T.I.: Russians value everything real, true, honest. They can fight and argue with you at the beginning just to understand who you really are and what you stand for. You need to demonstrate your real personality, what you really mean and want.

When dealing with Russia, one should also remember that Russians have an imperial identity. They are very patriotic and proud of their historic and cultural heritage, e.g. the victory over Nazi Germany in World War II and their heroic ancestors, as well as Russian arts and science. A piece of good advice would be to know those things and demonstrate your appreciation and awareness of Russia’s great history and culture.

 

Russia Direct: Does Russia’s geographical location affect Russia’s business culture?

T.I.: Of course. Being located in Eurasia, Russia has borrowed a lot from the Asian mentality. For example, polarized gender roles, hierarchy in management, strong respect for authority and family values and the important role of traditions.

One of the dimensions of the highly patriarchal Russian culture is their respect for strong leadership. Another peculiarity of the Russian mentality is a primary emphasis on the present rather than the future. Russian managers often do not set long-term goals.

This makes Russian business people mostly oriented to getting profits as soon as possible. When negotiating with Russians, one should demonstrate the real value of the present moment.

 

Russia Direct: What would be your key tips for successful business negotiations with Russian partners?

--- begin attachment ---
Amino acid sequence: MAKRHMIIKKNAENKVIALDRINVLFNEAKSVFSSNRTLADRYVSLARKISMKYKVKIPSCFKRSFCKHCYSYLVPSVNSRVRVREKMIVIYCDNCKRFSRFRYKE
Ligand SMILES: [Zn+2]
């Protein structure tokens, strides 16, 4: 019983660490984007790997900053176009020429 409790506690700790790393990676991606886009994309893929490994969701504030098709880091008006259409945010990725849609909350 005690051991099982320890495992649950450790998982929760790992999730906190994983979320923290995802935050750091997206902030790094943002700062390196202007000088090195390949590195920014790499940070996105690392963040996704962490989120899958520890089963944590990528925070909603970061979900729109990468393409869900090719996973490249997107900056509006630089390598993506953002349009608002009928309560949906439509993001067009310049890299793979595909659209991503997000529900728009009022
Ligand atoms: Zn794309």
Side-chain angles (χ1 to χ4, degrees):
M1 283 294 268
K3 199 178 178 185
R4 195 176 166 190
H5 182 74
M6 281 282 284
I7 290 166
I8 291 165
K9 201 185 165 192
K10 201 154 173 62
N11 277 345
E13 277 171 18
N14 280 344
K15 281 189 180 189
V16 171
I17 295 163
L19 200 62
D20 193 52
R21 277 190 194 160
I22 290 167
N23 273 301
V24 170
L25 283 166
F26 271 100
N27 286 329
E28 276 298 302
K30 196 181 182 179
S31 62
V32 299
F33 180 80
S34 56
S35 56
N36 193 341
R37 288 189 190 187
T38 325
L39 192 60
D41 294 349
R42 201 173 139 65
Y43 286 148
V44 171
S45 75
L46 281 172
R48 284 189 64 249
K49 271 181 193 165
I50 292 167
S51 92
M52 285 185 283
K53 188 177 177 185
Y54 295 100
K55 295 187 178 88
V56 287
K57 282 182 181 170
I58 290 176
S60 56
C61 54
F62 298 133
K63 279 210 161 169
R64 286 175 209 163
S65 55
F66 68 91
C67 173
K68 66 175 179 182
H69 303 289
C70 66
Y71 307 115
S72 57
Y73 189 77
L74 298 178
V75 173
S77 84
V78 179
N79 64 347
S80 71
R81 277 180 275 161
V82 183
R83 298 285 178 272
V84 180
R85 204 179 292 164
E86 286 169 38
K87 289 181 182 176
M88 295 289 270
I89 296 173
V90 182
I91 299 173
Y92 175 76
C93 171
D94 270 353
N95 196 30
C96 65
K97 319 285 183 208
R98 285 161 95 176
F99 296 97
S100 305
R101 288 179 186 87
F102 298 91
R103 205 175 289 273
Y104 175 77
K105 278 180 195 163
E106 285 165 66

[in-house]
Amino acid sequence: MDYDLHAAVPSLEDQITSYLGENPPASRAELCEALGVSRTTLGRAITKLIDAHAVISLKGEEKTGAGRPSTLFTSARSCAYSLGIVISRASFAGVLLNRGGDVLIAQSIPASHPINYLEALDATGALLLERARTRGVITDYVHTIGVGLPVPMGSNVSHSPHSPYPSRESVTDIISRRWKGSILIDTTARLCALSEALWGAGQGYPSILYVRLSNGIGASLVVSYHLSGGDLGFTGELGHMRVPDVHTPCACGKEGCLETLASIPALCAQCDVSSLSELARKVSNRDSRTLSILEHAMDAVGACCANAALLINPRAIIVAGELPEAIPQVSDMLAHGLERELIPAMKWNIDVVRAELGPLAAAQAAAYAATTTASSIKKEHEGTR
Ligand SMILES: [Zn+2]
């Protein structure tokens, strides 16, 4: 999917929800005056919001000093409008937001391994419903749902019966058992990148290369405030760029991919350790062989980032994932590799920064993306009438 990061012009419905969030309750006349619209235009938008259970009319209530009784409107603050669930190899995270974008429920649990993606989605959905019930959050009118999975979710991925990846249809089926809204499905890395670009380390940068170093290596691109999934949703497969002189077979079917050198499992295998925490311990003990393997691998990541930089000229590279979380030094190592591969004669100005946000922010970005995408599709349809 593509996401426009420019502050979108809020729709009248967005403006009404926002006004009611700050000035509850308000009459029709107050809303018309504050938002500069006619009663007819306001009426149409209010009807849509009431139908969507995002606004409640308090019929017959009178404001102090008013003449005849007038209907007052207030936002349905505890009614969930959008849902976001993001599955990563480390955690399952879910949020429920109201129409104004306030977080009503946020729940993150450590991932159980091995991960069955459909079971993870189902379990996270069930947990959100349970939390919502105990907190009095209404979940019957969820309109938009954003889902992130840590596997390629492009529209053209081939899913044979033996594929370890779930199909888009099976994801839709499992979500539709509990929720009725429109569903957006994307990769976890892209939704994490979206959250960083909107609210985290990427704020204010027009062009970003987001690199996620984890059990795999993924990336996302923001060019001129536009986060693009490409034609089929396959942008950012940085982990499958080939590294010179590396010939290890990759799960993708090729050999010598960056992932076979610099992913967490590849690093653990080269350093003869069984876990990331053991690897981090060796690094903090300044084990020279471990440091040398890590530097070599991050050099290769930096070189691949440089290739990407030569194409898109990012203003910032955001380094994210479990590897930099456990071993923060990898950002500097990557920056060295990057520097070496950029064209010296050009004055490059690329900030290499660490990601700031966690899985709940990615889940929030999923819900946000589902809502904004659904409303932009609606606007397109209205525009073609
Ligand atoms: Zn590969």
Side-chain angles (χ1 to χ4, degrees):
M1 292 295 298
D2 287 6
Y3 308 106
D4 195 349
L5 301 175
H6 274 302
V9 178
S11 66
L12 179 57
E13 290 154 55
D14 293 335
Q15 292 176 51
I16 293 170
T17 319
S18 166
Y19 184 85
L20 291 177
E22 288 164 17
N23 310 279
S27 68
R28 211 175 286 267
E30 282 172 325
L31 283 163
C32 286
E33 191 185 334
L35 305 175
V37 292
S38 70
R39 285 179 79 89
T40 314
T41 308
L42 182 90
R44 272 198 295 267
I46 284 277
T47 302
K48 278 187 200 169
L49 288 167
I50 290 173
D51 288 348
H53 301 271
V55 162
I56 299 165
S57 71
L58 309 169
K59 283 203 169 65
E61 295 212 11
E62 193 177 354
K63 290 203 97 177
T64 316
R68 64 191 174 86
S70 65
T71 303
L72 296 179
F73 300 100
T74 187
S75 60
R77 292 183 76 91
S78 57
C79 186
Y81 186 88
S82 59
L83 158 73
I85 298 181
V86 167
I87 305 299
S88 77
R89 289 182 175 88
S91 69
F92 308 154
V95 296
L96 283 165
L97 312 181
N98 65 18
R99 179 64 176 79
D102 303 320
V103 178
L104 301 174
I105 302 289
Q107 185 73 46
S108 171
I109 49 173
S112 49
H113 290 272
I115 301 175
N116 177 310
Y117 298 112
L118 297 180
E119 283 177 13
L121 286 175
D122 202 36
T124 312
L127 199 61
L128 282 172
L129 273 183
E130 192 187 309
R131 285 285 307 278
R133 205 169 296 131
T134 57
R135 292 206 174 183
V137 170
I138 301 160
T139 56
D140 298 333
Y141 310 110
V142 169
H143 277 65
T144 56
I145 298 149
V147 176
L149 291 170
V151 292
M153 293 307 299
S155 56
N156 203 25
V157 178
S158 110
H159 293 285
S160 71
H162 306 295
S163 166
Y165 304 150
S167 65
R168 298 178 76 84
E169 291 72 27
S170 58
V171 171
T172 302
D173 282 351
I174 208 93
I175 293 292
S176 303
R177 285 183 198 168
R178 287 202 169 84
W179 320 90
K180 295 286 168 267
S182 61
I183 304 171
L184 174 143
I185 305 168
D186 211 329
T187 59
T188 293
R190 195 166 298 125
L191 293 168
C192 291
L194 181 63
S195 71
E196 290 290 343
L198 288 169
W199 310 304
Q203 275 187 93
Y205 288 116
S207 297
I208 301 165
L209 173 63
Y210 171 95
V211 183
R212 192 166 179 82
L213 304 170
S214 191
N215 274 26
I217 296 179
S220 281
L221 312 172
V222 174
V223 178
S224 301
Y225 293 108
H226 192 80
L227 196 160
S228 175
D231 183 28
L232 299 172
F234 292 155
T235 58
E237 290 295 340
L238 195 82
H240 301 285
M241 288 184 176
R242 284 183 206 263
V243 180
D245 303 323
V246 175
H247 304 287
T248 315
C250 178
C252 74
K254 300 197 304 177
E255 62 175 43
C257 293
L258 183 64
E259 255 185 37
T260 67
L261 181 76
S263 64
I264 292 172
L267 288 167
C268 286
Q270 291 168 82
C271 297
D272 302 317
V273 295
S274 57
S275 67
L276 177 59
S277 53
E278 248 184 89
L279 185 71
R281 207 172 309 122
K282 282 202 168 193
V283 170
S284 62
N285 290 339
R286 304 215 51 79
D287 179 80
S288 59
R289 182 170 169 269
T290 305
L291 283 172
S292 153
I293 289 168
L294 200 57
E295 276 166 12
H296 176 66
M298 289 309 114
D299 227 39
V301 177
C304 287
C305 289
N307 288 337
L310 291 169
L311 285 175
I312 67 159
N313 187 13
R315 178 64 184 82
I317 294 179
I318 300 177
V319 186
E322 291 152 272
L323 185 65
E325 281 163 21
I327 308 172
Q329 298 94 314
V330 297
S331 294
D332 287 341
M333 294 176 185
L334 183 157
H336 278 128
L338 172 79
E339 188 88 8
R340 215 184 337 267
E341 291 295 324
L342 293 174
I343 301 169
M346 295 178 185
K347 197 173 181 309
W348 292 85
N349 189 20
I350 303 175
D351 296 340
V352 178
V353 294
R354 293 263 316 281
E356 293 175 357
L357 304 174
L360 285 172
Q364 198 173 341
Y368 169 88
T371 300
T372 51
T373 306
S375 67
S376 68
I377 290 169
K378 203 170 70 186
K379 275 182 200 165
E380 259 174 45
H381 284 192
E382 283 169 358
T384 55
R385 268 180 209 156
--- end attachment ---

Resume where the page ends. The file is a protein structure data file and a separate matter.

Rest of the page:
T.I.: Tip number one: demonstrate strong leadership, be real, be honest, and be cool. Demonstrate that you are ready to stand up for your values and that you are ready to fight if needed.

Another piece of advice is to be friendly and try to invest a lot of time and efforts in building a good personal relationship with your Russian business partner. Meet personally often, party together, let your partners know what kind of person you are. Go with them to a dacha (summer house), banya (steam sauna), or eat shashlyki (grilled meats similar to shish kebabs) with them.

The next important thing to remember is to focus on the present. Whenever you make an offer or deal, demonstrate the benefits of it in the present. Do not speak about the distant future.

Also, be generous. You could invite your Russian business partners to a fancy restaurant and pay for everything. Russians love big gestures. Keep in mind that they are a very gift-giving culture.

And if something goes wrong or not the way that you expect, just relax and take it easy. Remember: If it’s not OK, it’s not the end.

 

What are other major differences between Russian and Western business etiquette?
What are the specifics of the Russian style of business management? Are Russian managers and employees different from the West?

Read the full version of the interview at the Russia Direct website